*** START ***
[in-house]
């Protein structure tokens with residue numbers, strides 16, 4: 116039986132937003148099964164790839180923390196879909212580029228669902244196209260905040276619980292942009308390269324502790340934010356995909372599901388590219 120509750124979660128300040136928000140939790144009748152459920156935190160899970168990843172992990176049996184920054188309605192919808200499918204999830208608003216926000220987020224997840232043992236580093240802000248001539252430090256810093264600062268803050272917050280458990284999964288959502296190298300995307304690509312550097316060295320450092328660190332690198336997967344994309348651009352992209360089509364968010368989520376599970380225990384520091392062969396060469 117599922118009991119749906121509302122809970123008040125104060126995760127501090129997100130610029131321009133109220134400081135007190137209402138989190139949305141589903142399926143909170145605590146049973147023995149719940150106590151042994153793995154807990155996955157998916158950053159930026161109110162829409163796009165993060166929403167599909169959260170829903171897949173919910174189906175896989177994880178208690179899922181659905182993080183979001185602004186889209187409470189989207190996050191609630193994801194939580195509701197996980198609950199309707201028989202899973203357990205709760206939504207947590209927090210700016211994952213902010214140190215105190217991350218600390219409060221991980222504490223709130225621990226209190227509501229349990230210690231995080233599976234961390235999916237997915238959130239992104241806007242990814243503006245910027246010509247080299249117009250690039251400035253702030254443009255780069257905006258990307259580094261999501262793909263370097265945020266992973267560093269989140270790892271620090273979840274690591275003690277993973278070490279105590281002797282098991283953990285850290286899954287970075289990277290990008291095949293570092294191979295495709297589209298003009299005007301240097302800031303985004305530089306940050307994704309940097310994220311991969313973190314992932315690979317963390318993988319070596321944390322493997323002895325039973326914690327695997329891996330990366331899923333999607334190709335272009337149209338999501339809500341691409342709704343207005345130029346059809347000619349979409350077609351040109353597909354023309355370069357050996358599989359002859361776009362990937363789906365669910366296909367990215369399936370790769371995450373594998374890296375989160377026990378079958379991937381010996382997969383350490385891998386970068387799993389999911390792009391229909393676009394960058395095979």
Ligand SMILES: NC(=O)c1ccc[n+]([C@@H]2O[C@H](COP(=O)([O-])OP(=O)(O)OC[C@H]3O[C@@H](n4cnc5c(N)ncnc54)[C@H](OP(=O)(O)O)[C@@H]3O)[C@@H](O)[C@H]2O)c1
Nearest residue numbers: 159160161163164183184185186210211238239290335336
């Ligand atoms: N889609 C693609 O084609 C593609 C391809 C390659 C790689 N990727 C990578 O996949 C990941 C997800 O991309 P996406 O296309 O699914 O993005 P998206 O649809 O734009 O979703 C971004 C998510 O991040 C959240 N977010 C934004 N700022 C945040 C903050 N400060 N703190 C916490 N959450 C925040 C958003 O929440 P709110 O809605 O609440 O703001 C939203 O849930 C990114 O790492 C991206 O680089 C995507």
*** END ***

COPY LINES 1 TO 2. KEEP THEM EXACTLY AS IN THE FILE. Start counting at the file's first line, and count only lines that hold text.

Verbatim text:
[in-house]
């Protein structure tokens with residue numbers, strides 16, 4: 116039986132937003148099964164790839180923390196879909212580029228669902244196209260905040276619980292942009308390269324502790340934010356995909372599901388590219 120509750124979660128300040136928000140939790144009748152459920156935190160899970168990843172992990176049996184920054188309605192919808200499918204999830208608003216926000220987020224997840232043992236580093240802000248001539252430090256810093264600062268803050272917050280458990284999964288959502296190298300995307304690509312550097316060295320450092328660190332690198336997967344994309348651009352992209360089509364968010368989520376599970380225990384520091392062969396060469 117599922118009991119749906121509302122809970123008040125104060126995760127501090129997100130610029131321009133109220134400081135007190137209402138989190139949305141589903142399926143909170145605590146049973147023995149719940150106590151042994153793995154807990155996955157998916158950053159930026161109110162829409163796009165993060166929403167599909169959260170829903171897949173919910174189906175896989177994880178208690179899922181659905182993080183979001185602004186889209187409470189989207190996050191609630193994801194939580195509701197996980198609950199309707201028989202899973203357990205709760206939504207947590209927090210700016211994952213902010214140190215105190217991350218600390219409060221991980222504490223709130225621990226209190227509501229349990230210690231995080233599976234961390235999916237997915238959130239992104241806007242990814243503006245910027246010509247080299249117009250690039251400035253702030254443009255780069257905006258990307259580094261999501262793909263370097265945020266992973267560093269989140270790892271620090273979840274690591275003690277993973278070490279105590281002797282098991283953990285850290286899954287970075289990277290990008291095949293570092294191979295495709297589209298003009299005007301240097302800031303985004305530089306940050307994704309940097310994220311991969313973190314992932315690979317963390318993988319070596321944390322493997323002895325039973326914690327695997329891996330990366331899923333999607334190709335272009337149209338999501339809500341691409342709704343207005345130029346059809347000619349979409350077609351040109353597909354023309355370069357050996358599989359002859361776009362990937363789906365669910366296909367990215369399936370790769371995450373594998374890296375989160377026990378079958379991937381010996382997969383350490385891998386970068387799993389999911390792009391229909393676009394960058395095979």